Monday, April 27, 2020

Featured Gun: The Colt 357

The story of the Colt 357 revolver has to start with the cartridge itself.

The .357 Magnum was the end result of an evolution that began during the early days of revolvers.

Samuel Colt's first revolver, the Patterson, was chambered (among others) in .36 caliber. While Colt didn't invent the size he did make it a standard years later when he introduced the Colt 1851 Navy Revolver also in .36 caliber.
The diameter of the bores back then were measured differently, while it was called a .36 caliber, it was actually closer to a .38 caliber.

Later when conversion cylinders were developed (allowing the use of metallic cartridges in cap and ball revolvers) the cartridge had a healed bullet in order to fit the bore of the barrel. The healed part of the bullet was the same diameter as the case, like on a .22 Long Rifle cartridge.
This cartridge was named the ".38", first in a rimfire, then in ".38 Short Colt". 
Later guns and cartridges used a bullet that fit inside the brass case and bore diameters that measured closer to .36 caliber: .357".
This is how the .38 Special got its name, despite the bullet measuring .357" in diameter.

The .38 Special was developed due to the poor performance of the .38 Long Colt. The .38 Special has a 1/8" longer case to allow for more powder and to prevent its use in .38 LC chambered guns.

from left to right: .38 Short Colt with heeled bullet, .38 Long Colt, .38 Special and .357 Magnum.

The 38 Special had been very popular during the turn of the century and until the invention of armor was the preferred choice of law enforcement world wide.
In 1919 The Volstead Act changed that perception. By outlawing alcohol and creating a massive black market for illegal booze, the stage was set for shootouts between law enforcement and the gangsters.
The gangsters learned that they could reinforce their cars against the .38 special bullets being fired by law enforcement, ensuring their escape.
A more powerful cartridge would be needed. The .357 Magnum was developed to solve the problem. The developers simply lengthened the .38 Special by a little less than 1/2 inch. This was done for a few reasons. One was to prevent the cartridge from being chambered in guns not intended for the Magnum round. The other reasons were to make space for more powder and or heavier bullets.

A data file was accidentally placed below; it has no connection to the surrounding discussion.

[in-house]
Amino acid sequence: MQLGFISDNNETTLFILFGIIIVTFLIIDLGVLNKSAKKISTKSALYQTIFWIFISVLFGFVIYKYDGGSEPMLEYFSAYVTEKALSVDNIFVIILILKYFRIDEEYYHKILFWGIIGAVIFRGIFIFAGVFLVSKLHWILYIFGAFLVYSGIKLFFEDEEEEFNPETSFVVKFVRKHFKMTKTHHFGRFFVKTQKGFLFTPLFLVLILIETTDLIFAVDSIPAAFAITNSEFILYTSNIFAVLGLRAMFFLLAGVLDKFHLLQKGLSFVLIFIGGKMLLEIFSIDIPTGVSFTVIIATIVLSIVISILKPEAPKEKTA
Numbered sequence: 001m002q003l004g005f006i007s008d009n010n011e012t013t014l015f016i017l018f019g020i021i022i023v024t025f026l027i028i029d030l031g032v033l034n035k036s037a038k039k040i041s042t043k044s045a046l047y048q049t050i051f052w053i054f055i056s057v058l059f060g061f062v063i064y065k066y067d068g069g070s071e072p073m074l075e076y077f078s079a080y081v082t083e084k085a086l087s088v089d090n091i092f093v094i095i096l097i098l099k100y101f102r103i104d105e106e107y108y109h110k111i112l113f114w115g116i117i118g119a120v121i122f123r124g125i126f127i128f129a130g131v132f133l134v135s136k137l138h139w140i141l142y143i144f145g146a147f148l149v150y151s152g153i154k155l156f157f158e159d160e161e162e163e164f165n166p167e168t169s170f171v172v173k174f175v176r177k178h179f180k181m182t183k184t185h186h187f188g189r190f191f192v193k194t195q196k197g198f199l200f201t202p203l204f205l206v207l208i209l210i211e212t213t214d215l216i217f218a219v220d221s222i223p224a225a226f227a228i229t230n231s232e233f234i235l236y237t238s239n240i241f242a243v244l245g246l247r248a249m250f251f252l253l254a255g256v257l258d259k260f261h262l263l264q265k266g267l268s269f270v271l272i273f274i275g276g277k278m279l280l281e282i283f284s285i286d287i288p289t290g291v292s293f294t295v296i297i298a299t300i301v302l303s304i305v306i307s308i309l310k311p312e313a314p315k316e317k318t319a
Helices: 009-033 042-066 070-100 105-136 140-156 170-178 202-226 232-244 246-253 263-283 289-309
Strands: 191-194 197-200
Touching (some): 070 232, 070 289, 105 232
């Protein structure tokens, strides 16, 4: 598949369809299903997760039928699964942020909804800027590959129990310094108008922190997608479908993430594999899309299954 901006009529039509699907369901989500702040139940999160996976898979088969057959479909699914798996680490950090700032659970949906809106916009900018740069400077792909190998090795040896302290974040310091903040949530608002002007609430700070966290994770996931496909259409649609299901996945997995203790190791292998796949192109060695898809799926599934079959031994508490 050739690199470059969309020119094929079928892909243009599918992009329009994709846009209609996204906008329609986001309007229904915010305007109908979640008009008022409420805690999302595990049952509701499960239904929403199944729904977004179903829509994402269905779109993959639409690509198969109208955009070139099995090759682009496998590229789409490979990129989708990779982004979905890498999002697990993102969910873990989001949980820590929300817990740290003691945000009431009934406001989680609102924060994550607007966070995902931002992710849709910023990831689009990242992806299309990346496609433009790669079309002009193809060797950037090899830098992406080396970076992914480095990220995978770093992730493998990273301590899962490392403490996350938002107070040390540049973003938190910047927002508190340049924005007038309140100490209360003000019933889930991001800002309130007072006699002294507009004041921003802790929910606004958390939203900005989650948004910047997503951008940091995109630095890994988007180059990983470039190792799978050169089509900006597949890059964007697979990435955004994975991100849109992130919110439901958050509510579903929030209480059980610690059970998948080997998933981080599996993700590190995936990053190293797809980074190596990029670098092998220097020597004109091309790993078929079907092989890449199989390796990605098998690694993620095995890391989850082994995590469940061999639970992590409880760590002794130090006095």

The new cartridge was introduced in 1935 by Colt's rival Smith and Wesson along with Winchester.

For some reason Colt did not immediately build a revolver to fire the new Magnum round, although they did chamber some (less than 1000) Colt Single Action Army revolvers in .357 Magnum prior to the War. 

In appears that the folks at Colt were taking a "wait and see" approach.

After WWII it was clear that Colt would need to create a revolver in .357 to compete with Smith & Wesson. Work began in the early 50's, Colt engineers beefed up the Official Police/Army Special and added adjustable sights.
The Army Special and it's brother the Official Police, were introduced in 1908. They were built on a mid sized frame, in between the large New Service and the diminutive Police Positive. 
This was a great decision, the engineers must have suspected the smaller framed guns would not survive a lifetime of full house .357 loads. S&W and Ruger would eventually follow this lead with their 357 Magnum revolvers in the L frame and the GP100 respectively.

Colt Official Police revolver